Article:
Tuesday, June 15, 2010


I’ve always been quite fond of George A. Romero’s under appreciated horror film, THE CRAZIES, and when I heard that they were remaking it, my expectations were appropriately low, especially considering how most modern genre remakes turn out. But I have to admit that I enjoyed director Breck Eisner’s version, also called THE CRAZIES (2010), a lot more than I expected.

The plot is essentially the same as the 1973 original – a government-created biological weapon that causes people to become homicidal maniacs (code named “Trixie”) accidentally gets into the water supply of a small American town. Once the effects start to manifest, the government moves in to contain the town and cover-up the truth of what’s happened. Several townspeople, apparently uninfected, try to escape the closed-off town and avoid the gas-masked, hazmat-suited soldiers that appear to be ordered to kill every inhabitant. In this version, the survivors are the town sheriff (Timothy Olyphant, JUSTIFIED), his pregnant wife (Radha Mitchell, SILENT HILL), his deputy (Joe Anderson, THE RUINS) and a young woman (Danielle Panabaker, SKY HIGH).

The story – with its blatant anti-government paranoia - plays almost as well today as it did during the original’s Vietnam/Watergate era. As with the original, the infection starts slowly, with a couple of seemingly-unrelated incidents, but escalates rapidly. And when the government steps in to “contain” the outbreak, the already-frightening situation becomes nightmarish. These “crazies” are, in many ways, scarier than zombies or the “rage” creatures of something like 28 DAYS LATER, because their madness is not always immediately evident, and it manifests differently in each subject. Some go about their killing coldly and mechanically, others revel in bloodlust, and others actually are freed to pursue their own previously-suppressed violent impulses….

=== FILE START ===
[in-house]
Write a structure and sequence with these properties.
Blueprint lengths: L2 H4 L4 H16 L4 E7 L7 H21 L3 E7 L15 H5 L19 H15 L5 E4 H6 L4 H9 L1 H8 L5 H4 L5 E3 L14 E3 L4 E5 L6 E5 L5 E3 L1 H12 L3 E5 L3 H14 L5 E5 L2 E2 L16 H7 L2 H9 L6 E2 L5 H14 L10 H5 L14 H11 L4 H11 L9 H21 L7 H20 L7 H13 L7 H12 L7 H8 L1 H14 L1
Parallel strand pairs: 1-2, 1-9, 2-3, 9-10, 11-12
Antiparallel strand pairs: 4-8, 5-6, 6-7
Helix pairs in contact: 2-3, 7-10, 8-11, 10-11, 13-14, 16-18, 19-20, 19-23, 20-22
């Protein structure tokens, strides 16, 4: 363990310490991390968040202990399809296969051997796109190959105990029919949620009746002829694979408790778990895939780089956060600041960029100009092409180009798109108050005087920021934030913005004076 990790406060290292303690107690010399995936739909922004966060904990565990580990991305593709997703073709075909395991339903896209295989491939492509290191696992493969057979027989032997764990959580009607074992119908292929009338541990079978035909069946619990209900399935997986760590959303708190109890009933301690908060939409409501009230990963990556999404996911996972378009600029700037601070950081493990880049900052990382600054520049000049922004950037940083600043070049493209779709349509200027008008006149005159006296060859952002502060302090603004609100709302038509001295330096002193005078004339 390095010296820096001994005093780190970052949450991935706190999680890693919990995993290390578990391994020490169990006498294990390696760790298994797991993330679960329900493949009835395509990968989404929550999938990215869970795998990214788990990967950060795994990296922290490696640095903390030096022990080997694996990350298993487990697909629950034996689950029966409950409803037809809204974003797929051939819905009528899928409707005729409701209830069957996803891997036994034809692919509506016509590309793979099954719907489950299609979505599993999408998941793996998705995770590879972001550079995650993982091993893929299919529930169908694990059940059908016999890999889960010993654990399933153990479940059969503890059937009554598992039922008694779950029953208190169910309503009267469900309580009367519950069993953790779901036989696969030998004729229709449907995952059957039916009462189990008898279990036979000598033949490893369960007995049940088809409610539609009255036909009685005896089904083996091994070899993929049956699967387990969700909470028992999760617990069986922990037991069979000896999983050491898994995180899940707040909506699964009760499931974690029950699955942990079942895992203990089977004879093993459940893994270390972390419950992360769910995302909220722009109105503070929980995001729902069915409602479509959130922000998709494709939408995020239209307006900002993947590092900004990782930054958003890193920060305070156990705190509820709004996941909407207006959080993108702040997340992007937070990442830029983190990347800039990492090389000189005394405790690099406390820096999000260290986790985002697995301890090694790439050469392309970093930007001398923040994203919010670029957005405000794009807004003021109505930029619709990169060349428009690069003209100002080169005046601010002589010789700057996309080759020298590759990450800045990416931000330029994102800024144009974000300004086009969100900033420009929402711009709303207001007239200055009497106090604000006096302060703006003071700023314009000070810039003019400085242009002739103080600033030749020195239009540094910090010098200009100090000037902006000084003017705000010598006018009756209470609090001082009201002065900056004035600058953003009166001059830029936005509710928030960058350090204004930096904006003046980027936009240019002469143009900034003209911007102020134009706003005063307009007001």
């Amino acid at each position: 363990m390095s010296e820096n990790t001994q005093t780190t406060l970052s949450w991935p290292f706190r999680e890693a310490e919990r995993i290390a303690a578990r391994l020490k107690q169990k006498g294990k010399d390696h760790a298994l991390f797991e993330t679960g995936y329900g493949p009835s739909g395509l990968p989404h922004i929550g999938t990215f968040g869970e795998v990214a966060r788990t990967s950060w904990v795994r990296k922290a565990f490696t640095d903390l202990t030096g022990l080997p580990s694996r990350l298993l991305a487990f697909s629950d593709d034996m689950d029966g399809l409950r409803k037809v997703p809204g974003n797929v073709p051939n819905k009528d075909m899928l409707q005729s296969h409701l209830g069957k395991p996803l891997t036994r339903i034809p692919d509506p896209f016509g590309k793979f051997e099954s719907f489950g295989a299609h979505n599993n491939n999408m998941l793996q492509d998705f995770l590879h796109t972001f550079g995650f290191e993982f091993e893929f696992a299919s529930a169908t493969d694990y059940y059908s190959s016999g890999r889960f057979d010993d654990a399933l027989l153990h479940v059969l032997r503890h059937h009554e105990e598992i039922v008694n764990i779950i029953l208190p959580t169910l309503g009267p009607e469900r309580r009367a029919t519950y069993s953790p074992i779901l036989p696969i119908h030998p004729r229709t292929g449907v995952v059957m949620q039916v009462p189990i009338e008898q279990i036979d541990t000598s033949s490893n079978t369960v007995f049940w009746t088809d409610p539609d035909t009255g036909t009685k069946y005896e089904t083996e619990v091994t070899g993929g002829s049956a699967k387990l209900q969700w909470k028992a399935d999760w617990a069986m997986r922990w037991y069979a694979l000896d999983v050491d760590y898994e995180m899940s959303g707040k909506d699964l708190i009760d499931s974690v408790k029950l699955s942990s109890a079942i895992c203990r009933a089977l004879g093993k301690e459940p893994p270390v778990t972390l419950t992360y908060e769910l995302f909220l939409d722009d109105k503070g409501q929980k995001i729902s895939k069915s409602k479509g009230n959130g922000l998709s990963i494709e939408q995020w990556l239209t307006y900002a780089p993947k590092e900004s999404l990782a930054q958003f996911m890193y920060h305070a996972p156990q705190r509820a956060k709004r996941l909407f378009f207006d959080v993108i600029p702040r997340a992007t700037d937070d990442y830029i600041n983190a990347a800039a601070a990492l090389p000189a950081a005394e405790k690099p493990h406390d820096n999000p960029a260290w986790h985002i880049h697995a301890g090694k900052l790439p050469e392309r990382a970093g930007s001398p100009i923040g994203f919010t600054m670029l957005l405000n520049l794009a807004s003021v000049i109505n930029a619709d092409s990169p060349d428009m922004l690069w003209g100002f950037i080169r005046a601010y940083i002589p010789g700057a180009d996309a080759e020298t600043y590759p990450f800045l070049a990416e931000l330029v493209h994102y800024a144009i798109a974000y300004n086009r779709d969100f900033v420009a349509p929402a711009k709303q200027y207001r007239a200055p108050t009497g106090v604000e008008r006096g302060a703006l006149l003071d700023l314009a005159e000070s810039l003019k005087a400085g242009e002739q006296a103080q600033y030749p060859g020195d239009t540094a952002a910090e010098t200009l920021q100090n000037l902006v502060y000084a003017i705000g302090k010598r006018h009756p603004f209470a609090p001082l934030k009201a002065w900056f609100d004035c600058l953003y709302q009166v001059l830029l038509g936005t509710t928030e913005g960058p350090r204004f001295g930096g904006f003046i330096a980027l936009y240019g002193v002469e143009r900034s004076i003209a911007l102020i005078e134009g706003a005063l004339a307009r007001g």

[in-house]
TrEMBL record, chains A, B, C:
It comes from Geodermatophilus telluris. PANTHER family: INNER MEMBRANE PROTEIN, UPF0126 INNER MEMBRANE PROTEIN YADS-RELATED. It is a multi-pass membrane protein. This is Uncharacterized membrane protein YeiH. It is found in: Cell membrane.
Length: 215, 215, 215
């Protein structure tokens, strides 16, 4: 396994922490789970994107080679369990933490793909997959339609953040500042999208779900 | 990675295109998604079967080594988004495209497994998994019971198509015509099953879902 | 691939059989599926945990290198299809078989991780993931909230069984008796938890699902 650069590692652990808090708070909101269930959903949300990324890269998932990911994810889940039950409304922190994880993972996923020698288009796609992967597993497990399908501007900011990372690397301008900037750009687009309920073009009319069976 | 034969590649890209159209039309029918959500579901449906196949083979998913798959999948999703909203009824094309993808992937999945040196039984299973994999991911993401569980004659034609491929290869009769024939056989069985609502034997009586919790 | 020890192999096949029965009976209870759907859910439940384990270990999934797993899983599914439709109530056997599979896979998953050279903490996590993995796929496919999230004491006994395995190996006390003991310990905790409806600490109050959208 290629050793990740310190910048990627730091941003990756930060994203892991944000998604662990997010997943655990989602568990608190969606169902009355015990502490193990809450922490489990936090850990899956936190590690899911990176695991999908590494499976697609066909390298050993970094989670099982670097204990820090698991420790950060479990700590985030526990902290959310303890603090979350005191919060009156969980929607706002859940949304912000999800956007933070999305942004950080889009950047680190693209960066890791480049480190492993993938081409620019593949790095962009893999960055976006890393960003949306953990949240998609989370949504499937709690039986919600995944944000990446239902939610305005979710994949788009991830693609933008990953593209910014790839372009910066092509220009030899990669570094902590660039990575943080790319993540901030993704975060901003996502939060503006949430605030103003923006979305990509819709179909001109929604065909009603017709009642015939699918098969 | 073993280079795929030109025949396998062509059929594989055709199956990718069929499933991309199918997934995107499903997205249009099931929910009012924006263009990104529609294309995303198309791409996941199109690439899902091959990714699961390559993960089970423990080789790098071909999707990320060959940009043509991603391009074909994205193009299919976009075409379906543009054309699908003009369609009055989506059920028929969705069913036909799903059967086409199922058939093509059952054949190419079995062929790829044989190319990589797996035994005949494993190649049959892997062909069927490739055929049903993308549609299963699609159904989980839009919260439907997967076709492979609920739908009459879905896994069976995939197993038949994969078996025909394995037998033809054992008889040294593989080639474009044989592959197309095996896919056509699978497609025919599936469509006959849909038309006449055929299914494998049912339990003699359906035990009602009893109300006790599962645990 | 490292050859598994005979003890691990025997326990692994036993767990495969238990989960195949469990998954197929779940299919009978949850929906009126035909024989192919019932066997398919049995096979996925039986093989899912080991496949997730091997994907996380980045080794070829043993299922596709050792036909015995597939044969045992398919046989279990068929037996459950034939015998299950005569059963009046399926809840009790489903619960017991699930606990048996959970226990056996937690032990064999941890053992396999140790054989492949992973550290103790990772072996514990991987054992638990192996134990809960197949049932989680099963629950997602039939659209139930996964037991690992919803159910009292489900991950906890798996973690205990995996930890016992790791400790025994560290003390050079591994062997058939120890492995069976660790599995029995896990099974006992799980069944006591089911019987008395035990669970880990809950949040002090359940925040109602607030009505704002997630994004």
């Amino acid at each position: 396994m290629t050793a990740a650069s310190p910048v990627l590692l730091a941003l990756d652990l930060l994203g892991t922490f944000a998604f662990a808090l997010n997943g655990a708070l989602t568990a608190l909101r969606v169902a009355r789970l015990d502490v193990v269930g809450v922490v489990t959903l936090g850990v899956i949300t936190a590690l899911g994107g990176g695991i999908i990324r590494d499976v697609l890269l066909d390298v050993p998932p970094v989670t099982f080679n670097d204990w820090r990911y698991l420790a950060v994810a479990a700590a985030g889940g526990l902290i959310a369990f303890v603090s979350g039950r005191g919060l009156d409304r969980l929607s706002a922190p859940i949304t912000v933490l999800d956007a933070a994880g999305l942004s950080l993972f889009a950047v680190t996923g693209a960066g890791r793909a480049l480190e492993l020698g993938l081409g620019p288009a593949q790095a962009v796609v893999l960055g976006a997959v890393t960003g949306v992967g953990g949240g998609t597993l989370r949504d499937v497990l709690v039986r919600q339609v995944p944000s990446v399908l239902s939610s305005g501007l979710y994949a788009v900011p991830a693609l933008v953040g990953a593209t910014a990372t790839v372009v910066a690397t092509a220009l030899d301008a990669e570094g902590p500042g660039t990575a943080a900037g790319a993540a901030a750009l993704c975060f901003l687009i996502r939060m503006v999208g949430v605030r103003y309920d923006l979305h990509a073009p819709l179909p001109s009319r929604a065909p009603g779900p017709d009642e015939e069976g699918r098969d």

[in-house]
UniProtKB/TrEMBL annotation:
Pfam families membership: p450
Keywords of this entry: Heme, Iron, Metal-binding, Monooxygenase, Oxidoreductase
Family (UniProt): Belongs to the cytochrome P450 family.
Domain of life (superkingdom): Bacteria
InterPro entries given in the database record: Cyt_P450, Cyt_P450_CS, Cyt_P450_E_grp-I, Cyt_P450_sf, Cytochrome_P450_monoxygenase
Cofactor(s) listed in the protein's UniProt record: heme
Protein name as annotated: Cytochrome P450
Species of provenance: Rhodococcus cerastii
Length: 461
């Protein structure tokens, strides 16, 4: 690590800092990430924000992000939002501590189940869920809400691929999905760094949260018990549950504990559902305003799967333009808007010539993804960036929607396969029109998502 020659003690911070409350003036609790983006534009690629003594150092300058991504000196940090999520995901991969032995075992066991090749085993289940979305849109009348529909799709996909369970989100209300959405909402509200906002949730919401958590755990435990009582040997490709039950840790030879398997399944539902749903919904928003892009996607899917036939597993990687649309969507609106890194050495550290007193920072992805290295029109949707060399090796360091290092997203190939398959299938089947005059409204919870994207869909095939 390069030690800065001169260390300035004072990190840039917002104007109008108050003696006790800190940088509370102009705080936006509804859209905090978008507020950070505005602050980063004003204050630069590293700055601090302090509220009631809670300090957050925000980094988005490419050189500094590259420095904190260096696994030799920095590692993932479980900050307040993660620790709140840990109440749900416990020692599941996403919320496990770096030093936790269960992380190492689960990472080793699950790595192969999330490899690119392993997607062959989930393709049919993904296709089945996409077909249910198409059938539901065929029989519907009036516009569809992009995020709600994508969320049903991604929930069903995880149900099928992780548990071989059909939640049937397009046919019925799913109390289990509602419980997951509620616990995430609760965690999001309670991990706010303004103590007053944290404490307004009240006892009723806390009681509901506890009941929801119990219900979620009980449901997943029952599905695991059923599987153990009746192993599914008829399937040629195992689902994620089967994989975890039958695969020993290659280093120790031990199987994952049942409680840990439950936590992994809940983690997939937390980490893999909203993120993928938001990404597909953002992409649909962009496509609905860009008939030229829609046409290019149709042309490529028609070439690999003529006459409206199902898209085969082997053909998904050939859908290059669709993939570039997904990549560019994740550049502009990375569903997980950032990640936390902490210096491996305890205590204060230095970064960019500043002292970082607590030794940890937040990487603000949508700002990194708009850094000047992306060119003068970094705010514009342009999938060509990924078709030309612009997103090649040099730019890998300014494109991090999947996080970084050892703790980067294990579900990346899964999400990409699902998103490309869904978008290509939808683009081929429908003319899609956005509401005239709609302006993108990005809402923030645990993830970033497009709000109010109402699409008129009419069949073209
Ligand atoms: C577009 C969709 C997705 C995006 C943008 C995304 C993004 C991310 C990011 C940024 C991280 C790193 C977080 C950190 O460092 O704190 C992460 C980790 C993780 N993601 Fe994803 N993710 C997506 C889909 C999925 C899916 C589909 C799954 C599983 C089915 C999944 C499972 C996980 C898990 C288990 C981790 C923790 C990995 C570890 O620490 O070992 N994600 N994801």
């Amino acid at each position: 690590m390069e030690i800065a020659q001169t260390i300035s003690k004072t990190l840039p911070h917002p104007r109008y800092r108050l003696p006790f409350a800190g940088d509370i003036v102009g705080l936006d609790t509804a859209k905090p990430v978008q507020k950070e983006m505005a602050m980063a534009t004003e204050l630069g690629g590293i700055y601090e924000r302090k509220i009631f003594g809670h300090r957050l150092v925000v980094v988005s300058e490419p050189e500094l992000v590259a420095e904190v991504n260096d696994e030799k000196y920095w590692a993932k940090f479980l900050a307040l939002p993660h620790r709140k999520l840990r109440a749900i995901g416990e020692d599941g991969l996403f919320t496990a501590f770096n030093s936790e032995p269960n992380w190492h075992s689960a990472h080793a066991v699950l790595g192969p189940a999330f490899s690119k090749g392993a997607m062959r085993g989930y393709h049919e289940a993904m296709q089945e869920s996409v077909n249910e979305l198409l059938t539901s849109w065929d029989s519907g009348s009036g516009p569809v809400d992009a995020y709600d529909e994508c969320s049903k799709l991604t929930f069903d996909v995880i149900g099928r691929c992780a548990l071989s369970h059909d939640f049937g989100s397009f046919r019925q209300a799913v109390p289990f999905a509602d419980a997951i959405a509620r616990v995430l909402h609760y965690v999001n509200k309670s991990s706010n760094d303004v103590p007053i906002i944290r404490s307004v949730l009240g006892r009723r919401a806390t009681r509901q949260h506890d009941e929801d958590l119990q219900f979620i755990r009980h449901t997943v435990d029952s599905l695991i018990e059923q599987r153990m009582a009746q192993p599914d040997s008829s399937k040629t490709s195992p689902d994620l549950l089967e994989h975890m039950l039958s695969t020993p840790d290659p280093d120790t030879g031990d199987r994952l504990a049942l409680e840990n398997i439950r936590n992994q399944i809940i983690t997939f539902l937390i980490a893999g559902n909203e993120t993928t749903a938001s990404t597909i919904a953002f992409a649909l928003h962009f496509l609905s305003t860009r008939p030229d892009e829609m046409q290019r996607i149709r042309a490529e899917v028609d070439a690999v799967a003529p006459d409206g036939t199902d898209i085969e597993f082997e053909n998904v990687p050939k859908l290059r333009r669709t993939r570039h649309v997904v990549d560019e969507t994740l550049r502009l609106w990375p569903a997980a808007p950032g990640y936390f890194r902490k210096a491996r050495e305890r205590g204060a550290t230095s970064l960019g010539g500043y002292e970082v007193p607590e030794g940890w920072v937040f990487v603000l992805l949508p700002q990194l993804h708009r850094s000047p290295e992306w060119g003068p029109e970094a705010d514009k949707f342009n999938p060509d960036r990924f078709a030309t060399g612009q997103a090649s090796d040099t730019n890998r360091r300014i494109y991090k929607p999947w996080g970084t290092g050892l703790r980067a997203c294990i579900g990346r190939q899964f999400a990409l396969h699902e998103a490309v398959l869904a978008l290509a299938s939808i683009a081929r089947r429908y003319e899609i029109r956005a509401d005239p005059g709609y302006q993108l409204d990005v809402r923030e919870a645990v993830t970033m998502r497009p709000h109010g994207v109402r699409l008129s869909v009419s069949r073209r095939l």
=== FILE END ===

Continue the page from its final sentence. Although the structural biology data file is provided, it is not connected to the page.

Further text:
Eisner’s film is very-well paced, and refreshingly straight-forward in its approach to the material. Special effects are mostly of a practical nature, the cinematography and editing are masterfully understated. There are no hyperkinetic swishes and swoops, ADD-flash cutting, or overblown, unconvincing CGI set-pieces… in fact, the comparatively-little CGI that is used, is used particularly well.

Anchor Bay’s Blu-Ray high-def edition of THE CRAZIES sports a sterling 1080p, 2.40:1 widescreen transfer and robust Dolby Digital 5.1/PCM 5.1 audio. There are copious supplemental features, beginning with an informative audio commentary by Eisner. There are at least five behind-the-scenes featurettes, a CRAZIES “motion comic,” trailers, and a nice tribute to George Romero. The package also includes a Digital Copy disc.

The DVD edition features a standard-definition 2.40:1 anamorphic transfer and 5.1. Dolby Digital sound, and all of the same bonus features.

I’ve heard some negative reactions to the movie from some of my friends and online acquaintances, but personally, I thought that Eisner’s film was a worthy remake, an effective, well-acted thriller, and a refreshingly thoughtful and finely-crafted piece of fear-filmmaking. As Romero remakes go, it’s not quite as successful, as, say Zach Snyder’s DAWN OF THE DEAD (2004), but much better than most of the others. I recommend it.

BUY: The Crazies [Blu-ray]